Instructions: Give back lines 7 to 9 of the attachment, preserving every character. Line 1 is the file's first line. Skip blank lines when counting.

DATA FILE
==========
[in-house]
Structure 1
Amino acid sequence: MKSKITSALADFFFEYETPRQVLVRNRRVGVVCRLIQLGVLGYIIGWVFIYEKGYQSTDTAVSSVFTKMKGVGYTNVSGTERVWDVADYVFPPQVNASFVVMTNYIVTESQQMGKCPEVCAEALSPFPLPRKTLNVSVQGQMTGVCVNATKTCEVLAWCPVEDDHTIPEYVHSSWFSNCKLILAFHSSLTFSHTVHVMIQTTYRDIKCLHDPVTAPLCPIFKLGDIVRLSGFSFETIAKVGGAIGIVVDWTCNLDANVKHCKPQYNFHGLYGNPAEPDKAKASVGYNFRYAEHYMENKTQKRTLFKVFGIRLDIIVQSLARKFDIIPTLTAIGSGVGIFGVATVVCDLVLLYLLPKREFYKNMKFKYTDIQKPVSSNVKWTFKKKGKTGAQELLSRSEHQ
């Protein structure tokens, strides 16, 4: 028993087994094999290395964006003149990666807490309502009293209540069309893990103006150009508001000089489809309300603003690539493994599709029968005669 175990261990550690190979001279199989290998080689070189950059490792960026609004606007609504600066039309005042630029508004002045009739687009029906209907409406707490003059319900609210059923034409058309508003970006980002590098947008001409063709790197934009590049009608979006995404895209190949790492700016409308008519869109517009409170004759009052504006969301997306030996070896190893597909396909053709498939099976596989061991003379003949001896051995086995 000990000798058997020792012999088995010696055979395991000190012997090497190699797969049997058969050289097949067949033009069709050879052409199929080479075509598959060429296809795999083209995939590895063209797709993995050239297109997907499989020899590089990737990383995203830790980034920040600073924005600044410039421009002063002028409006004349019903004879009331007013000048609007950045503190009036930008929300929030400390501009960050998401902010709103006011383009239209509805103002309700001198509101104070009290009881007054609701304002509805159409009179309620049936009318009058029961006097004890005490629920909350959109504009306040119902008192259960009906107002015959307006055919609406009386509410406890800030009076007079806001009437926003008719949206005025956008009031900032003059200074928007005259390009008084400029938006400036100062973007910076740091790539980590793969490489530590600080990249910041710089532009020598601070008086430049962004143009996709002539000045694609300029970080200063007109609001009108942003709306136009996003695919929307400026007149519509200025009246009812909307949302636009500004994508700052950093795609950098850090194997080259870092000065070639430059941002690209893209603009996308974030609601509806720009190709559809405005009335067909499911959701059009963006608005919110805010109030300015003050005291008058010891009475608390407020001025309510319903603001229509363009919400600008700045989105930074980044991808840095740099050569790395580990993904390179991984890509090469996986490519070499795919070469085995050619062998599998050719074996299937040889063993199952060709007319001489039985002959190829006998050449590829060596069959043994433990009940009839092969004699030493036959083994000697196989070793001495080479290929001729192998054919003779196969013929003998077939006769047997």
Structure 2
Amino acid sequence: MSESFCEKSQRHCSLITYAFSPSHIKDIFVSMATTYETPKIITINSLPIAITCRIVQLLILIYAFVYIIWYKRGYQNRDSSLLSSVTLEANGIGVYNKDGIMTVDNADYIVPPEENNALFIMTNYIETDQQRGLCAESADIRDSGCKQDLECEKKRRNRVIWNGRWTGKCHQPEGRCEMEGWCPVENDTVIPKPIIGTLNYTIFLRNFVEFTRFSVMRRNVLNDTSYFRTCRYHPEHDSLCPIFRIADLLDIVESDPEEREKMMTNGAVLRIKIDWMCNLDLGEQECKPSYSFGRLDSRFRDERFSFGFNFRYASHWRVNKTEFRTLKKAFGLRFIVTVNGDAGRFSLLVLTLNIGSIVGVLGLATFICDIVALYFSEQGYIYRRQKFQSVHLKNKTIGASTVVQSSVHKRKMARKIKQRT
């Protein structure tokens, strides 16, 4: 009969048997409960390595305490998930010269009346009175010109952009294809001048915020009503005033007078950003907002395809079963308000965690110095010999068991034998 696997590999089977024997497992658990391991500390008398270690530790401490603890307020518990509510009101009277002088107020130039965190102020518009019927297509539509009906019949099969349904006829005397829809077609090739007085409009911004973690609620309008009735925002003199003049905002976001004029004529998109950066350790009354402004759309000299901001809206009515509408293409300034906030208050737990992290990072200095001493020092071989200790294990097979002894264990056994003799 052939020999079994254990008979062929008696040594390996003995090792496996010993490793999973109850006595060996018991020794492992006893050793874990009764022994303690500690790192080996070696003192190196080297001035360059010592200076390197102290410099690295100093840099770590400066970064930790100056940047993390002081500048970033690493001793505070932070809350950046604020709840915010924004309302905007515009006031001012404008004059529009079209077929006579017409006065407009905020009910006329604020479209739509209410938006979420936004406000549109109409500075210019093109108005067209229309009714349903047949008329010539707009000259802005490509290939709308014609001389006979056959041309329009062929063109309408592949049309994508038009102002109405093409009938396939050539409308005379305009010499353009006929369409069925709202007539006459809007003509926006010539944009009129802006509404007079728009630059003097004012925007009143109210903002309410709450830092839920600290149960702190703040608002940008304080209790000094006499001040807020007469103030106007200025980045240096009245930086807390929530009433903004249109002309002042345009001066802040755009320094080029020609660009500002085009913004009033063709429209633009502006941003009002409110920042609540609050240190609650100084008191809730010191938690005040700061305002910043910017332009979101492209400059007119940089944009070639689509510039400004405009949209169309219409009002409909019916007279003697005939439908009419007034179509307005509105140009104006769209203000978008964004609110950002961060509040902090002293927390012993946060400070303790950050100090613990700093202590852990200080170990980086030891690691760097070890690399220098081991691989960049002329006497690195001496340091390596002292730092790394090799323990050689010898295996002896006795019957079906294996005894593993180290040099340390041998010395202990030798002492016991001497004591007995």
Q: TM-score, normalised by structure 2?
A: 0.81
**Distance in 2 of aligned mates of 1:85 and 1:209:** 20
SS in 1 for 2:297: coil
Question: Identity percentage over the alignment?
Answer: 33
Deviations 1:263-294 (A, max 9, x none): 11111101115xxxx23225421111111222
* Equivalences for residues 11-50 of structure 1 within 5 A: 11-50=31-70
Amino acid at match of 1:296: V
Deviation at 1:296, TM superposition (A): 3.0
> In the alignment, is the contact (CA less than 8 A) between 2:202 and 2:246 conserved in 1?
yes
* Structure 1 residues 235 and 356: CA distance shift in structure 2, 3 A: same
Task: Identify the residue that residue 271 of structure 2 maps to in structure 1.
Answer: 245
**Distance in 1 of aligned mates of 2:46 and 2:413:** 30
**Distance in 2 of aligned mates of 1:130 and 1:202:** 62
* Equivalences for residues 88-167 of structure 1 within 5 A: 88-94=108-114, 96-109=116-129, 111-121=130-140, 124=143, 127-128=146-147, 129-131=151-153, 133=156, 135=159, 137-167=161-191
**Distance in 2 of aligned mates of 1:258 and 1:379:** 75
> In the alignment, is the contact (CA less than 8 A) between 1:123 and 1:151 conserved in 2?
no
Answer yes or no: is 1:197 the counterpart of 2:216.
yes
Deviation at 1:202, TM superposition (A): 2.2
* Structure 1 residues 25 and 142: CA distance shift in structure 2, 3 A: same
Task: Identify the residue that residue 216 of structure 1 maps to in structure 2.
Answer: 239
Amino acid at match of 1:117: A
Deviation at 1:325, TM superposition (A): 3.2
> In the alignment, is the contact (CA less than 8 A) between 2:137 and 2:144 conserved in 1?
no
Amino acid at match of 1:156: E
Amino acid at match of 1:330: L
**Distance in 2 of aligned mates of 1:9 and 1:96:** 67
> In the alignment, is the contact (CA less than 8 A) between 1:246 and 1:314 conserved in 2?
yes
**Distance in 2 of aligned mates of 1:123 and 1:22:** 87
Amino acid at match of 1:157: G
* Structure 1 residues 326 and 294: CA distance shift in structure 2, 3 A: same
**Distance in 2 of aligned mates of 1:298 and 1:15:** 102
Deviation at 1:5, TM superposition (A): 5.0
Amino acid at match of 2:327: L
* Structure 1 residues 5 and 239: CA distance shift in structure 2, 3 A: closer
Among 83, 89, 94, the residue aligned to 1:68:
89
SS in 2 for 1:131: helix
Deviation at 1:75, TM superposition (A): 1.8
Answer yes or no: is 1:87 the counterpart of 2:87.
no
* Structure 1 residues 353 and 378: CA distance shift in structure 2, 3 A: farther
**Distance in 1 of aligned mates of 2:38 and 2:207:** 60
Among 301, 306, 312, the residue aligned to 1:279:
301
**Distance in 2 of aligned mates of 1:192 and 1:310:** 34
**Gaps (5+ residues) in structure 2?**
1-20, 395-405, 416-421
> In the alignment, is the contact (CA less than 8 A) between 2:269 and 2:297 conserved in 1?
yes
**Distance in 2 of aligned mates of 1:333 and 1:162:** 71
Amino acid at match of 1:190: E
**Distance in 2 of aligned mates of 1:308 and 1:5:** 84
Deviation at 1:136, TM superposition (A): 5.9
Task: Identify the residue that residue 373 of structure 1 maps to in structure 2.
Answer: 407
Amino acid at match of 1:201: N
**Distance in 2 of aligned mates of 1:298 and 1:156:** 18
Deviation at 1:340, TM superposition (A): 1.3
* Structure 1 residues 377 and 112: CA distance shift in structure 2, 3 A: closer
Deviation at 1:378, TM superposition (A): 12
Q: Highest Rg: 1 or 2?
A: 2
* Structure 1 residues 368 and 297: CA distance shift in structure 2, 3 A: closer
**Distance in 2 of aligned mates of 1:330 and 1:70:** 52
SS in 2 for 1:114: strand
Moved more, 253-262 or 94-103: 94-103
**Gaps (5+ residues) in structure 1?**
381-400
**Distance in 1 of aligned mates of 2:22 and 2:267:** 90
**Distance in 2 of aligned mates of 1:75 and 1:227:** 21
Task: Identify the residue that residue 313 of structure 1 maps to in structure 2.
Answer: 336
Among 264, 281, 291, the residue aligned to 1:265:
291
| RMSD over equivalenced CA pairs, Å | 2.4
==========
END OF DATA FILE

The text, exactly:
């Protein structure tokens, strides 16, 4: 009969048997409960390595305490998930010269009346009175010109952009294809001048915020009503005033007078950003907002395809079963308000965690110095010999068991034998 696997590999089977024997497992658990391991500390008398270690530790401490603890307020518990509510009101009277002088107020130039965190102020518009019927297509539509009906019949099969349904006829005397829809077609090739007085409009911004973690609620309008009735925002003199003049905002976001004029004529998109950066350790009354402004759309000299901001809206009515509408293409300034906030208050737990992290990072200095001493020092071989200790294990097979002894264990056994003799 052939020999079994254990008979062929008696040594390996003995090792496996010993490793999973109850006595060996018991020794492992006893050793874990009764022994303690500690790192080996070696003192190196080297001035360059010592200076390197102290410099690295100093840099770590400066970064930790100056940047993390002081500048970033690493001793505070932070809350950046604020709840915010924004309302905007515009006031001012404008004059529009079209077929006579017409006065407009905020009910006329604020479209739509209410938006979420936004406000549109109409500075210019093109108005067209229309009714349903047949008329010539707009000259802005490509290939709308014609001389006979056959041309329009062929063109309408592949049309994508038009102002109405093409009938396939050539409308005379305009010499353009006929369409069925709202007539006459809007003509926006010539944009009129802006509404007079728009630059003097004012925007009143109210903002309410709450830092839920600290149960702190703040608002940008304080209790000094006499001040807020007469103030106007200025980045240096009245930086807390929530009433903004249109002309002042345009001066802040755009320094080029020609660009500002085009913004009033063709429209633009502006941003009002409110920042609540609050240190609650100084008191809730010191938690005040700061305002910043910017332009979101492209400059007119940089944009070639689509510039400004405009949209169309219409009002409909019916007279003697005939439908009419007034179509307005509105140009104006769209203000978008964004609110950002961060509040902090002293927390012993946060400070303790950050100090613990700093202590852990200080170990980086030891690691760097070890690399220098081991691989960049002329006497690195001496340091390596002292730092790394090799323990050689010898295996002896006795019957079906294996005894593993180290040099340390041998010395202990030798002492016991001497004591007995």
Q: TM-score, normalised by structure 2?
A: 0.81